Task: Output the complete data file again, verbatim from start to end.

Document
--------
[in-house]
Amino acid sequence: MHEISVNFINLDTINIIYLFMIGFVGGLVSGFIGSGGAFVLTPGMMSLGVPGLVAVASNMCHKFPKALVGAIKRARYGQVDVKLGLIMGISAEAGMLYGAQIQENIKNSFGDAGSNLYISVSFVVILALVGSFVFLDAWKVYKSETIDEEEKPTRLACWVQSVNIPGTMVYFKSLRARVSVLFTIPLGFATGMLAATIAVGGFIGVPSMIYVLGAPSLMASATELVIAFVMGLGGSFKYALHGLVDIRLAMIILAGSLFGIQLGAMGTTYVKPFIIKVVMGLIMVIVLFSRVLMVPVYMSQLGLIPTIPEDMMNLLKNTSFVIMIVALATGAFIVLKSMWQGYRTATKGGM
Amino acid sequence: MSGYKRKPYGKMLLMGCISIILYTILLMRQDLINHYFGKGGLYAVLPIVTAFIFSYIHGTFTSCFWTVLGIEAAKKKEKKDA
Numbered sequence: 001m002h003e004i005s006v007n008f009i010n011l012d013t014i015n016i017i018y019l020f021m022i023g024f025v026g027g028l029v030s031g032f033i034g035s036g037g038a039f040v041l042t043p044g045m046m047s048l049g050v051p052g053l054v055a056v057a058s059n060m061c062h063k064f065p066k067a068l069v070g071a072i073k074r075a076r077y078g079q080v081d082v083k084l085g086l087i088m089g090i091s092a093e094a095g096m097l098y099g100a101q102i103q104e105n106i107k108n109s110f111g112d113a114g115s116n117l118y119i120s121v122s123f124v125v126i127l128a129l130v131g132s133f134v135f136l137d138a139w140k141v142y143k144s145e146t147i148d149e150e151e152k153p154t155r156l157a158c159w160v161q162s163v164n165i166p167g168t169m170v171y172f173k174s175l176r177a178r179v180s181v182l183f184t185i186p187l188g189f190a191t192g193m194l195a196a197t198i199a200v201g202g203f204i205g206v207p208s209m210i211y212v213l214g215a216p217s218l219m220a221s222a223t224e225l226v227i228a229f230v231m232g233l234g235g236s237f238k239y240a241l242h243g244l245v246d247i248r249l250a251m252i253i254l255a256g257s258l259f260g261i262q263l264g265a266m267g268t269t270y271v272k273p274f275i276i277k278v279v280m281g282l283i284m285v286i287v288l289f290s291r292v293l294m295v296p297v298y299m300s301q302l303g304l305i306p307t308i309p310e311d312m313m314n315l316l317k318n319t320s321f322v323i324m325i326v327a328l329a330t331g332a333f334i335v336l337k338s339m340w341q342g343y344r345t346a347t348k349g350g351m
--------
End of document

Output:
[in-house]
Amino acid sequence: MHEISVNFINLDTINIIYLFMIGFVGGLVSGFIGSGGAFVLTPGMMSLGVPGLVAVASNMCHKFPKALVGAIKRARYGQVDVKLGLIMGISAEAGMLYGAQIQENIKNSFGDAGSNLYISVSFVVILALVGSFVFLDAWKVYKSETIDEEEKPTRLACWVQSVNIPGTMVYFKSLRARVSVLFTIPLGFATGMLAATIAVGGFIGVPSMIYVLGAPSLMASATELVIAFVMGLGGSFKYALHGLVDIRLAMIILAGSLFGIQLGAMGTTYVKPFIIKVVMGLIMVIVLFSRVLMVPVYMSQLGLIPTIPEDMMNLLKNTSFVIMIVALATGAFIVLKSMWQGYRTATKGGM
Amino acid sequence: MSGYKRKPYGKMLLMGCISIILYTILLMRQDLINHYFGKGGLYAVLPIVTAFIFSYIHGTFTSCFWTVLGIEAAKKKEKKDA
Numbered sequence: 001m002h003e004i005s006v007n008f009i010n011l012d013t014i015n016i017i018y019l020f021m022i023g024f025v026g027g028l029v030s031g032f033i034g035s036g037g038a039f040v041l042t043p044g045m046m047s048l049g050v051p052g053l054v055a056v057a058s059n060m061c062h063k064f065p066k067a068l069v070g071a072i073k074r075a076r077y078g079q080v081d082v083k084l085g086l087i088m089g090i091s092a093e094a095g096m097l098y099g100a101q102i103q104e105n106i107k108n109s110f111g112d113a114g115s116n117l118y119i120s121v122s123f124v125v126i127l128a129l130v131g132s133f134v135f136l137d138a139w140k141v142y143k144s145e146t147i148d149e150e151e152k153p154t155r156l157a158c159w160v161q162s163v164n165i166p167g168t169m170v171y172f173k174s175l176r177a178r179v180s181v182l183f184t185i186p187l188g189f190a191t192g193m194l195a196a197t198i199a200v201g202g203f204i205g206v207p208s209m210i211y212v213l214g215a216p217s218l219m220a221s222a223t224e225l226v227i228a229f230v231m232g233l234g235g236s237f238k239y240a241l242h243g244l245v246d247i248r249l250a251m252i253i254l255a256g257s258l259f260g261i262q263l264g265a266m267g268t269t270y271v272k273p274f275i276i277k278v279v280m281g282l283i284m285v286i287v288l289f290s291r292v293l294m295v296p297v298y299m300s301q302l303g304l305i306p307t308i309p310e311d312m313m314n315l316l317k318n319t320s321f322v323i324m325i326v327a328l329a330t331g332a333f334i335v336l337k338s339m340w341q342g343y344r345t346a347t348k349g350g351m